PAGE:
In light of the above, it is submitted that the requirement to refer a ruling is narrow, and narrowed further by the acte claire doctrine discussed below. As such, there are fundamental doubts which follow about the claim that the ECJ has taken a vertical strength given its reliance on national courts for referrals.

The acte claire doctrine

One further consideration in this case should be the acte claire doctrine. The doctrine itself, as established in the case of CILFIT,16 is the legal principle that where a provision of the law is clear and free of ambiguity there is no requirement for it to be referred to the ECJ. This doctrine has been criticised as suggesting that the discretion that has been garnered by the national courts has led to situations in which the national courts have, arguably wrongly, formed their own view as to how EU law should be applied and have used the acte claire doctrine as a justification for not referring the case to the ECJ.17 Scholars have not been the only ones to criticise the doctrine. In his opinion in the case of Lyckeskog,18 Advocate General Tizzano argued that against a highly subjective test for the acte claire doctrine to be invoked. Significantly, despite the concerns over the acte claire doctrine being too subjective, calls to narrow its scope by including the requirement that the law is obvious to non-judicial actors has before the requirement to make a reference falls away has been disregarded by the ECJ.19

In light of the current discretion that is conferred upon national courts, this author maintains that the acte claire doctrine, at the least, prevents there from being a surge of the ECJ to the very apex of the hierarchy.

Precedent

However, it can be argued the introduction of precedents to EU case law has worked to elevate the ECJ to a level not before known in a manner than reduces the horizontal and bilateral nature and instead adopts a vertical and multilateral approach.20

The doctrine of precedents was first adopted in the case of Da Casta en Schaake21 in which it was held that there is no need, especially for a court of last instance where there is no national appeal mechanism, to refer a case to the ECJ in circumstances where the ECJ has already decided upon the issues. This case has, in effect, created a doctrine of precedents which means that the answers that are given by the ECJ to one court are binding on the national courts of Member States. The principle of precedents was cemented by the ECJ in the case of International Chemical Corporation v Amministrazione delle Finanze dello Stato22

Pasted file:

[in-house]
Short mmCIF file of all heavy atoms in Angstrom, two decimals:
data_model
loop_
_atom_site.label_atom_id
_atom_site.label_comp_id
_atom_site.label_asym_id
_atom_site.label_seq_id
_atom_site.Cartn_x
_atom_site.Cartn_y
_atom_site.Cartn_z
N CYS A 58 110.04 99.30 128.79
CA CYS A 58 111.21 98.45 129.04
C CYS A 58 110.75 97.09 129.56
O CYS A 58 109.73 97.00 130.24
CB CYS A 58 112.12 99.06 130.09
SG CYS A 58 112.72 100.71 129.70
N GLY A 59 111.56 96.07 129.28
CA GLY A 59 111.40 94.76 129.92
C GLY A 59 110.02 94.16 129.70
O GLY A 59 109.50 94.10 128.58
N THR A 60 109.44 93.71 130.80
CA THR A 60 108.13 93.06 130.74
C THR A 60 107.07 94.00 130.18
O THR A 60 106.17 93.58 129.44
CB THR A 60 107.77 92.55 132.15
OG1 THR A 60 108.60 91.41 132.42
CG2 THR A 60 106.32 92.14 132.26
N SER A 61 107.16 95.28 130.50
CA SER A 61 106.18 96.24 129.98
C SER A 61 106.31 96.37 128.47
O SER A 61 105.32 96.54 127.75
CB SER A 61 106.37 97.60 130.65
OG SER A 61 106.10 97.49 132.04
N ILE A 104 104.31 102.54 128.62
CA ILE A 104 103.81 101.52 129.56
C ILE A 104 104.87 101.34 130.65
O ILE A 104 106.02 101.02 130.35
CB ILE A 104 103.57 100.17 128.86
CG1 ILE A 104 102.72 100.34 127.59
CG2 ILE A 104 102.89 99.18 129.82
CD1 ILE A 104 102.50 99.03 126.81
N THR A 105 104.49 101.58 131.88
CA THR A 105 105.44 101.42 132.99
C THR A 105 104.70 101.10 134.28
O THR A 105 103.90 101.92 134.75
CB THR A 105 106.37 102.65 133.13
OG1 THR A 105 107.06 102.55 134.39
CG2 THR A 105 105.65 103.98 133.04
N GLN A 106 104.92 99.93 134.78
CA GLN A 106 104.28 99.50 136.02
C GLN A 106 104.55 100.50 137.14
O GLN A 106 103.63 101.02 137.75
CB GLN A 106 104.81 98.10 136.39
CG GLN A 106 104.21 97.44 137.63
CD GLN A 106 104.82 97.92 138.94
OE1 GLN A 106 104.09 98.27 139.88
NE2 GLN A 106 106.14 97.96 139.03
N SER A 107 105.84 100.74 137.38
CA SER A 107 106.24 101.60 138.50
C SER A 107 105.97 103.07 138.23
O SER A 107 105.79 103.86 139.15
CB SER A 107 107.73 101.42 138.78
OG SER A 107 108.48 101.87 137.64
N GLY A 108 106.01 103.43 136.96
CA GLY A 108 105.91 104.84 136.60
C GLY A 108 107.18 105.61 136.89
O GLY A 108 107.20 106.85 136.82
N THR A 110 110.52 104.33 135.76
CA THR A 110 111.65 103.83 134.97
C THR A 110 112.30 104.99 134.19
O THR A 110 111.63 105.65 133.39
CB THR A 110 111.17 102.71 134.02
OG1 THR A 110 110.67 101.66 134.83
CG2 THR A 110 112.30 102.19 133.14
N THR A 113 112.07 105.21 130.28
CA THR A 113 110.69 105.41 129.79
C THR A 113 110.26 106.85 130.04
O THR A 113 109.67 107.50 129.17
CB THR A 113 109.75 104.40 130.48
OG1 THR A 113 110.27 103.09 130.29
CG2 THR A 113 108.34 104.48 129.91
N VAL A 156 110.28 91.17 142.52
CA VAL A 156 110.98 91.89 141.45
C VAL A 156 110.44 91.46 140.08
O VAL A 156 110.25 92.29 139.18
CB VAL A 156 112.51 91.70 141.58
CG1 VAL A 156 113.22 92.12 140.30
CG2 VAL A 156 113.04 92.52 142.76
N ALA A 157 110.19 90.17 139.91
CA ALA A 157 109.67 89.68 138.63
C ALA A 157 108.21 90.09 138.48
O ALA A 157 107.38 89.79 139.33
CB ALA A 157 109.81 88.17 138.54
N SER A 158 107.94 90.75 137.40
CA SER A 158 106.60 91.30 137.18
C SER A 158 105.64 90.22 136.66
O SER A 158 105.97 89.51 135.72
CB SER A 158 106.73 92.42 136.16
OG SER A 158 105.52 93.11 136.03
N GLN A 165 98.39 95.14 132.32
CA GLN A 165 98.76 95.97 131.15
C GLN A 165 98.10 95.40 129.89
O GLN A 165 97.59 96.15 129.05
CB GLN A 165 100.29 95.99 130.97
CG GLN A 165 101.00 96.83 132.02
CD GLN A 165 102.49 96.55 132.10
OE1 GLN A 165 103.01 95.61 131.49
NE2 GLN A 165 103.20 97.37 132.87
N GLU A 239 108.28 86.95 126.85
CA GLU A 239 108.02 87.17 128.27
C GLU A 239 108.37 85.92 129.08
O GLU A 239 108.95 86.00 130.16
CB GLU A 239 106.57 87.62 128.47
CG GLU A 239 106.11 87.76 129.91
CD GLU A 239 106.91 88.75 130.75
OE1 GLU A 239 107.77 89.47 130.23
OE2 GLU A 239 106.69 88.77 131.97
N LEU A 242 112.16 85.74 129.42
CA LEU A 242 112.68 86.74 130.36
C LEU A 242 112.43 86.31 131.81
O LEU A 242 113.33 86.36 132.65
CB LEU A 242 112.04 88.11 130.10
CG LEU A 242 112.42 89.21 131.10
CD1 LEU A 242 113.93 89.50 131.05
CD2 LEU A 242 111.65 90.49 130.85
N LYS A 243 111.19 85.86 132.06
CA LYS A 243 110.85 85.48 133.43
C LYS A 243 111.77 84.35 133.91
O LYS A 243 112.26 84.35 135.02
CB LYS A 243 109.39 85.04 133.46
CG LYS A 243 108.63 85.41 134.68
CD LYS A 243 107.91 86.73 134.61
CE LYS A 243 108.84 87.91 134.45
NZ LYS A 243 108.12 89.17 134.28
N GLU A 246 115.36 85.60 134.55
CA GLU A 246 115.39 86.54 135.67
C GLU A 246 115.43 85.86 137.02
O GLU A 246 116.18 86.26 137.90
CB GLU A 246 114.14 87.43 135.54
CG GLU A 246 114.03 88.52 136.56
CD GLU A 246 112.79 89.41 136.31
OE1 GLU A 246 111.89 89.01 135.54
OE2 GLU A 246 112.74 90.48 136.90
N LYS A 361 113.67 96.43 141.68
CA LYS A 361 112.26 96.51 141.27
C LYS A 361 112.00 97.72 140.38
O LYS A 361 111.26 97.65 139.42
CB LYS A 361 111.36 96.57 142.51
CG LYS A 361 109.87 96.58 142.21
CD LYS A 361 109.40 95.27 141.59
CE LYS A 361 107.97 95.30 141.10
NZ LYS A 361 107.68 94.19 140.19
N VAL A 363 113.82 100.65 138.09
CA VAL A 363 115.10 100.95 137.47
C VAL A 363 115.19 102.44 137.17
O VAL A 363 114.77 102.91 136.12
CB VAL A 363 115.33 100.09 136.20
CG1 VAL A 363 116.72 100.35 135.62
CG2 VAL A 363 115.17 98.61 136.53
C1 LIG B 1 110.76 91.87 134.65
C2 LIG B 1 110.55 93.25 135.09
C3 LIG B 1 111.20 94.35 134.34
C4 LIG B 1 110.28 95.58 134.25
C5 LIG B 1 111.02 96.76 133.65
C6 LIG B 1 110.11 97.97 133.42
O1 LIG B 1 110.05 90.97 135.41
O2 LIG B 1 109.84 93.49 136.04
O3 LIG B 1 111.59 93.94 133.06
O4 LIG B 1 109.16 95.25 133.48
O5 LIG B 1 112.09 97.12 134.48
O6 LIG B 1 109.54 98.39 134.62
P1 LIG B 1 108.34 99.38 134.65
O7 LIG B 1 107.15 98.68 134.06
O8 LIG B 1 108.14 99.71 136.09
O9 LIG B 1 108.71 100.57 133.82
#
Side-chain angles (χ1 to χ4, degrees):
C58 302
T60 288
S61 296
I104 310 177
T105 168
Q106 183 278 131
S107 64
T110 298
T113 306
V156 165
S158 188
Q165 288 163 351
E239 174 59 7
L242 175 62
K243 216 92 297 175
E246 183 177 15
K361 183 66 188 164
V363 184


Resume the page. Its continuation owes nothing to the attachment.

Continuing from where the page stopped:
It is submitted that this move towards precedents is justified. As Raitio notes, the doctrine of precedents in this regard is the proper and efficient way of ensuring that EU law is applied in a uniform manner.23 The alternative option, as Craig and De Burca note,24 is one that does not sit well in reality and would involve the ECJ being compelled to hear each question again, regardless of the fact it had heard it before, only to reach the same conclusion. In such instances, it is considered the doctrine of precedents is thus vital to encouraging efficient and cost-effective decision-making.

The problem, however, may perhaps lie in the scope of the doctrine of precedents. The case law has allowed for a decision to be relied upon despite the fact that it is not derived from the same set of proceedings and also despite the fact that it is not derived from the same type of question.25 On the one hand, it could be argued that this gives national courts the ability to manipulate precedents in order to prevent there being a further referral.

The doctrine of precedents plainly provides the ECJ with a wider ambit and amounts to a shift from the bilateral relationship to a more multilateral one.

Sectoral Devolution of responsibility